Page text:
Vamos a Hablar de España

27 05 2013

When I look at a map of Europe there are a number of places I have not been, but none stand out quite like Spain.  I really can’t say why I never made there.  Spain definitely has its charms, historical relevance, big cities, and a cuisine worthy of attention, yet somehow it was never on my radar.  That is until a few months ago when I began pondering my Autumn 2013 destination.  So I decided this would be the year I would explore the Spanish cities of Barcelona and Madrid.

Like I said, I started to float the idea a few months ago.  It began with my typical pattern of researching flights, hotels, and attractions, but one thing I didn’t plan for was having a companion along for the journey.  As a solo traveler, I have become accustomed to going it alone.  My friends here have lives that prevent the kind of travel I am fortunate to do.  Be it work, college, or family, most of them just don’t have the ability to tag along with me.  Well this changed in a big way when my friend Alex assured me he was joining this trip.

Alex and I enjoying tapas and sangria in Denver while plotting Spain.

Alex and I celebrate our booking over tapas and sangria in Denver.

Now to say I’m not a little nervous at the idea would be a lie.  We are great friends, but my penchant to go off trail and avoid scripting could prove to be a struggle for any travel companion.  So, before we booked anything, we talked and researched.  I shared my stories from past trips and my philosophy.  Luckily, he is easy going and agreed to much of it.  Aslo, I have one other aspect of this trip I am excited about, I have a friend who lives in Barcelona.  David will be a huge asset that I have not been afforded in the past.  A local’s perspective is always a bonus.  I am certain we will be able to find and do things with far less effort by having him show us around.

In the early stages of planning I discovered the only thing I wasn’t pleased about with traveling to Spain, the cost.  Yep, Spain is a bit pricey.  I searched and delayed, I even went beyond my rule of booking 6 months early.  The flights are just going to cost more when flying from Denver to Spain, I just had to accept it.  Our plan is to fly from Denver to Barcelona and return via Madrid to Denver.  When I first started to search the prices were about $1250 each (I know, yikes…my entire flight and hotel package to Istanbul was only $1420), but after a few weeks they dipped to $1145 and stayed there for a few weeks.  Since it is now only 4 months away, I finally got the itch and we decided to just book our tickets before they jumped back up.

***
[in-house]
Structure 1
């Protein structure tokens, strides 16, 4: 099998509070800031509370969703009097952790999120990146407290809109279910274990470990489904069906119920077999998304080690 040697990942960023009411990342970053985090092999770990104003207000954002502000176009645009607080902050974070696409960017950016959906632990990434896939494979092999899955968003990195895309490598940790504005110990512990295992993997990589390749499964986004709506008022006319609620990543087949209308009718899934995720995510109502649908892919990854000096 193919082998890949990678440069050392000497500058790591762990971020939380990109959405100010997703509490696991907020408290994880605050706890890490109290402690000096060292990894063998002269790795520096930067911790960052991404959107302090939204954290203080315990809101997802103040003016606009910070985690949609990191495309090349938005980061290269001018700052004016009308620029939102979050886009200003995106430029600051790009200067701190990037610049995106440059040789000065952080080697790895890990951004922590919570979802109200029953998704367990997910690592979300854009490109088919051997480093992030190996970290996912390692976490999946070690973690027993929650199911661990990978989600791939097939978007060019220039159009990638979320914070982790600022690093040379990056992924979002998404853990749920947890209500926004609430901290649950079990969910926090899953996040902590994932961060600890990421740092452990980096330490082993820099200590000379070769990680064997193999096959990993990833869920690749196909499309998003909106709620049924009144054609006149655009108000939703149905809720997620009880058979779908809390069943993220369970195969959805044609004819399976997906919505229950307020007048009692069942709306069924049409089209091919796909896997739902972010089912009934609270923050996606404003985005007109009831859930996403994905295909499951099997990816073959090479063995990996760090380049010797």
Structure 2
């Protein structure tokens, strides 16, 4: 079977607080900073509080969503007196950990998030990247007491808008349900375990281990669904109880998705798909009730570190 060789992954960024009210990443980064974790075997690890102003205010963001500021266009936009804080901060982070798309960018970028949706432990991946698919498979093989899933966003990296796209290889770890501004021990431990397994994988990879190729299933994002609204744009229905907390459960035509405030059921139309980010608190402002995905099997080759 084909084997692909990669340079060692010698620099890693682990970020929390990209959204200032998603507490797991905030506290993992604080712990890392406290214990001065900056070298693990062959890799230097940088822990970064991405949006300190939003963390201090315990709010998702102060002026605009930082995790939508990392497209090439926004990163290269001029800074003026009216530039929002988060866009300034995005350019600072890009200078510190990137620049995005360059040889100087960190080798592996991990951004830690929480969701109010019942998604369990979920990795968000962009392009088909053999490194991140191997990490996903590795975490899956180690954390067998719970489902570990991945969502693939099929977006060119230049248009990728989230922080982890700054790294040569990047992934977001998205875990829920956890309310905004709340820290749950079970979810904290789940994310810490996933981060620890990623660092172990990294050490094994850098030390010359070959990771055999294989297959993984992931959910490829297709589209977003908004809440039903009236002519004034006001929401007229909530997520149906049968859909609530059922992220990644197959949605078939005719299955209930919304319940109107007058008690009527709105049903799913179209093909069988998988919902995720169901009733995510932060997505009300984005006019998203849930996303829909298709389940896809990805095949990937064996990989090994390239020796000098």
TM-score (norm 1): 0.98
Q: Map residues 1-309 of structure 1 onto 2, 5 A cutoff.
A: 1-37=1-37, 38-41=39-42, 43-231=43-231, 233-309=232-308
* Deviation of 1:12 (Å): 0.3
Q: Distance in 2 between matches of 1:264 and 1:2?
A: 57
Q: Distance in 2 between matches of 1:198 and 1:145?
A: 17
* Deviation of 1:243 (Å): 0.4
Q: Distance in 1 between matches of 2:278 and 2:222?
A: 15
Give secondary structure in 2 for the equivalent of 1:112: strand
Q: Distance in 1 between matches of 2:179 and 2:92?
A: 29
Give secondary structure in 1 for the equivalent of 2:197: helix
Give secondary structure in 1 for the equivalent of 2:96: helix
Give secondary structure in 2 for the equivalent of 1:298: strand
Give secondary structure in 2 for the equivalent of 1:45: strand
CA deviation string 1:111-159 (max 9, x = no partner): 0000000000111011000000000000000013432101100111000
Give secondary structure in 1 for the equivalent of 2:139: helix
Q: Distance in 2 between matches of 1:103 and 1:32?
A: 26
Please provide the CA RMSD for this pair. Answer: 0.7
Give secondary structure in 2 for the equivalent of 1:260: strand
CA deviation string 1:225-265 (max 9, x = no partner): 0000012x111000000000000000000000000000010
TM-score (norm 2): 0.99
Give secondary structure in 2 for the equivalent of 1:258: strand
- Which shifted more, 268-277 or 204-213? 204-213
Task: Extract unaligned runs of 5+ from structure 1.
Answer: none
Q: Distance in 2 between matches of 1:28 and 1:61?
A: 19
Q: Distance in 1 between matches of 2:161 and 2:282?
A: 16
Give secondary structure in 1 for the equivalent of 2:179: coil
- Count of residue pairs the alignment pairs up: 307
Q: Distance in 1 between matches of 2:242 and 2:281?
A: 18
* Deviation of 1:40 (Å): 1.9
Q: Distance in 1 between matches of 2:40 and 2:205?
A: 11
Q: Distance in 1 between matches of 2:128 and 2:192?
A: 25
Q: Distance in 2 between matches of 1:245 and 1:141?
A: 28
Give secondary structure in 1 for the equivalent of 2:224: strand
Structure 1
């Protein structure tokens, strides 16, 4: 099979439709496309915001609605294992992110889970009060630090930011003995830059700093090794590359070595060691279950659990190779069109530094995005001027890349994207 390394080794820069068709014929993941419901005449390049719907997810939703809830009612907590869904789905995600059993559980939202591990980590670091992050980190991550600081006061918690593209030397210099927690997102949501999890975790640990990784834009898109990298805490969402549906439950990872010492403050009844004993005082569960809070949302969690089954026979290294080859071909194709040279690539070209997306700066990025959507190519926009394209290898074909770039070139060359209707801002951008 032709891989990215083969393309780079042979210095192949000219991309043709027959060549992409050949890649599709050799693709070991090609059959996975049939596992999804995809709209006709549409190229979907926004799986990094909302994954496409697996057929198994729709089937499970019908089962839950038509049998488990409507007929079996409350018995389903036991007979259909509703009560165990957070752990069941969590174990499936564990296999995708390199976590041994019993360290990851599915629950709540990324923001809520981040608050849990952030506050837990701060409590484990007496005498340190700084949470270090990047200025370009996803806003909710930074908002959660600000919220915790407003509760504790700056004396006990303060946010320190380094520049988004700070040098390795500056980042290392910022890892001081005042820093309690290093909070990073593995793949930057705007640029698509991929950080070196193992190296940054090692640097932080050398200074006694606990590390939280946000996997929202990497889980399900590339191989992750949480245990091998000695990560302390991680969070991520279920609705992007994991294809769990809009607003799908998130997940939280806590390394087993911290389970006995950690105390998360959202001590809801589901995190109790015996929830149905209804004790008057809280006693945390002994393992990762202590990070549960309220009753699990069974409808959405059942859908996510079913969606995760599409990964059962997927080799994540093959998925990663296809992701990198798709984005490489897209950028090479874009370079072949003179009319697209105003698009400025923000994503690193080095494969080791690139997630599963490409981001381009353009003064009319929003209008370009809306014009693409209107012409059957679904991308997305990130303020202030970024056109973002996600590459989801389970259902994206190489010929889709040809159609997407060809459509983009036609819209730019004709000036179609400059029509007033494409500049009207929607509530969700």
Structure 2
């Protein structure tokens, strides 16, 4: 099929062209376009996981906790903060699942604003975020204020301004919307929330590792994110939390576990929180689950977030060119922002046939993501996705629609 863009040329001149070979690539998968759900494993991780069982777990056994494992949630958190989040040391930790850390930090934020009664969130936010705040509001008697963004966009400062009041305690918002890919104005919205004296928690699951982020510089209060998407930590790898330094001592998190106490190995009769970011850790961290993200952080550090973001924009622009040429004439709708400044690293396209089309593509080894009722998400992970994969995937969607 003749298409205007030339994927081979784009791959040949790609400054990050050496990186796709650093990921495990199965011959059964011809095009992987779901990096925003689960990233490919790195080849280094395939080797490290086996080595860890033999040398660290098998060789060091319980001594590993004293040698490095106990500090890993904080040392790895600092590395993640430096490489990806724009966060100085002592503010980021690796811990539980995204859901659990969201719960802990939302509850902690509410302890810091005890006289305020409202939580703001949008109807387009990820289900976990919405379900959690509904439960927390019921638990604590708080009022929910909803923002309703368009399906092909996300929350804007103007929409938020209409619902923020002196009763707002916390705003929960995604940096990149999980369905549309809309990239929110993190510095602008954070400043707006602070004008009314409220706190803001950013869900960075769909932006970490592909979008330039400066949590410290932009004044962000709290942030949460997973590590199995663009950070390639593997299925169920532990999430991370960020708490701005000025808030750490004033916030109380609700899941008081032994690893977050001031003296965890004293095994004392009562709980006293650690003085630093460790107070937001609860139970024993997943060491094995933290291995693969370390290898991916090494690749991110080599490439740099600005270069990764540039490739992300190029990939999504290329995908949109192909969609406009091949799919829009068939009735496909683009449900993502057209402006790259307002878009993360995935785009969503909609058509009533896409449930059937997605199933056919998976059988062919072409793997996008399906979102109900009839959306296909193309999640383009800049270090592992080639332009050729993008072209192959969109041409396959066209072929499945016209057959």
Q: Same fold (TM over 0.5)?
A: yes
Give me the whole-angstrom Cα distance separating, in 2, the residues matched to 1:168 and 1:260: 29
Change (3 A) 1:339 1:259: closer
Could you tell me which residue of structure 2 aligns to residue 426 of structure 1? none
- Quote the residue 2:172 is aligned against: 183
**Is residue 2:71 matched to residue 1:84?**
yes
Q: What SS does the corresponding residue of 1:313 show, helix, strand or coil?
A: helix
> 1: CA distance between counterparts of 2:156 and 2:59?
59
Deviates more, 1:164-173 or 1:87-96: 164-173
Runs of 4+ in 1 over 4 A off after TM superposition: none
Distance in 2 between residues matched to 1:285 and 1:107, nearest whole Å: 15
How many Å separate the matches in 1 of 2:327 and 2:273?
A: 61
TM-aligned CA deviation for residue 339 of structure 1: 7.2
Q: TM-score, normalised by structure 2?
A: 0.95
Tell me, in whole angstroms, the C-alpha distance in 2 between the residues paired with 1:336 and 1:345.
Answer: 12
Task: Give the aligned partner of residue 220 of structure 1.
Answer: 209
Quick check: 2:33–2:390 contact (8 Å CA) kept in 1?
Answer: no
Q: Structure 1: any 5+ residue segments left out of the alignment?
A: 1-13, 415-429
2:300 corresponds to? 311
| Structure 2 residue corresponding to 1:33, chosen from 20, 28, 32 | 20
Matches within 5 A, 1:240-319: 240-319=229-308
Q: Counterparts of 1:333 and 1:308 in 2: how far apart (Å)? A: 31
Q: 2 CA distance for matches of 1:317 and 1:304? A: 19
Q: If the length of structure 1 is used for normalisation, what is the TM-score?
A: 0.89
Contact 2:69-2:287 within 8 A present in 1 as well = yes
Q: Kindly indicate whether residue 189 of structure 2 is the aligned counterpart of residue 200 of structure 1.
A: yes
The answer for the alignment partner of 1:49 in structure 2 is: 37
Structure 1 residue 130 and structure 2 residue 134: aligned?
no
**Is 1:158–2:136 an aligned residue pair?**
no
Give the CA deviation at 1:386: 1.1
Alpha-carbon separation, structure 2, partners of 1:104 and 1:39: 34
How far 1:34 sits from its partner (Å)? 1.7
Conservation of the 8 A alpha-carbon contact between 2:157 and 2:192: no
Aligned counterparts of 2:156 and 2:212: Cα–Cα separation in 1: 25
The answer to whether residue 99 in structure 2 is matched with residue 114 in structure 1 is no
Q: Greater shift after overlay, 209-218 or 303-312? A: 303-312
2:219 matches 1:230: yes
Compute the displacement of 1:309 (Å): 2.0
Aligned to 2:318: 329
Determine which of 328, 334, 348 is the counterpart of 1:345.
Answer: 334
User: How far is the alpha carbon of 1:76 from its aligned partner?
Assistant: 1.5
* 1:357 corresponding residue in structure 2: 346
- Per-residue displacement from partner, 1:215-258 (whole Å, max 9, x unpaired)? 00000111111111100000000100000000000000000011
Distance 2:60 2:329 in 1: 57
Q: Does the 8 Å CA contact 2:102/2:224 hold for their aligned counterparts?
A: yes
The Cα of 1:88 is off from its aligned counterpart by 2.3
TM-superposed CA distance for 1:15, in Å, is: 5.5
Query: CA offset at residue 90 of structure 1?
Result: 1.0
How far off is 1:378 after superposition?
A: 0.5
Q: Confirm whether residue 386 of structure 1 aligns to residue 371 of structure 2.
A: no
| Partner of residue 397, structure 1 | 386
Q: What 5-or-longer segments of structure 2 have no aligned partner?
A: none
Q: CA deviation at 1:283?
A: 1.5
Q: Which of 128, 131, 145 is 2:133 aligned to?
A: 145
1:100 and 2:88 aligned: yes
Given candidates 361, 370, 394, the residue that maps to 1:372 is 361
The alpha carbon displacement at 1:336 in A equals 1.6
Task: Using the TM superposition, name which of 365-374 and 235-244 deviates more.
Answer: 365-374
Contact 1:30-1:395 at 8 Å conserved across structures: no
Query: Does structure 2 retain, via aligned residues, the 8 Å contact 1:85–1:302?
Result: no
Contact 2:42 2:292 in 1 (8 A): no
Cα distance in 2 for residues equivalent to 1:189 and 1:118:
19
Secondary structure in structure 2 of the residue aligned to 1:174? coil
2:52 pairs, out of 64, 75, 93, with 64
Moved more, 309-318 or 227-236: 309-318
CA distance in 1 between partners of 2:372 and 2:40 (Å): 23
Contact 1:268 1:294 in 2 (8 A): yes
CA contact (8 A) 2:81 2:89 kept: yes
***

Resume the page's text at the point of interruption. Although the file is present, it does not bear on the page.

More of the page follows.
One important detail Alex and I had to discuss was the sleeping arrangement.  We might be close friends, but we both want space.  Two hotel rooms would be a little exorbitant for us, and the idea of a twin or double room didn’t appeal either.  This is where we decided to book an apartment through Airbnb (a site that provides an avenue for homeowners to rent out an empty guest room, apartment, or entire home to travelers).

For information on Airbnb click HERE

For information on Airbnb click HERE

Airbnb has a good structure for reviews with pictures of both hosts and their property.  That provided for some confidence even though the concept is quite foreign to us.  We must have spent weeks looking at different apartments before we finally settled on a Barcelona and a Madrid location we could agree on.  In the end, I believe what we booked will make for fantastic stays in both cities.  Our place in Barcelona is a high floor 2 bedroom apartment with a massive patio that affords an amazing view of nearly the entire city.  Our cost for this apartment is $960.  In Madrid it seems everything was less expensive.  We found a nice 2 bedroom place in the heart of the Grand Via neighborhood for $445.  Both of these locations will give us the space and location we desire.  Alex and I couldn’t be more excited.

The final part of the trip still to be booked is the train from Barcelona to Madrid.  The tickets can’t be bought this early, but I already know they will be about $120-140 each depending on the exchange rate at the time of purchase.  With the train tickets included, that brings our total cost for transportation and lodging in Spain to $3960 (roughly $1980 each).  Ouch, I told you Spain was pricey.  All I can say is that I’ll take the bargains when I can, but this one definitely would have been much more expensive without Airbnb.

So now the long months of anticipation and planning begin.  I can’t wait to explore the Gaudí structures of Barcelona, browse the Picasso museum, and photograph the many plazas of Madrid.  This should be an incredible trip.  This will also be the first trip I won’t see alone!

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Feasting on Istanbul

13 05 2013

Turkish food is more than kebabs even though that’s what you’ll end up eating the most.  Why?  Well, because they are delicious.  I can’t imagine anyone struggling to find good food in Istanbul.  It’s literally everywhere.  Like every major city there are high end choices that will bust your budget, and there are street foods that won’t.  I tried to strike a balance between them, but ended up eating mostly street food.  Sure I had some full service restaurant meals, but the cost, taste, and convenience of street vendors made it just too easy to eat cheap and on the fly.  Besides, the money you save by eating cheaply can be put towards a couple expensive meals later on.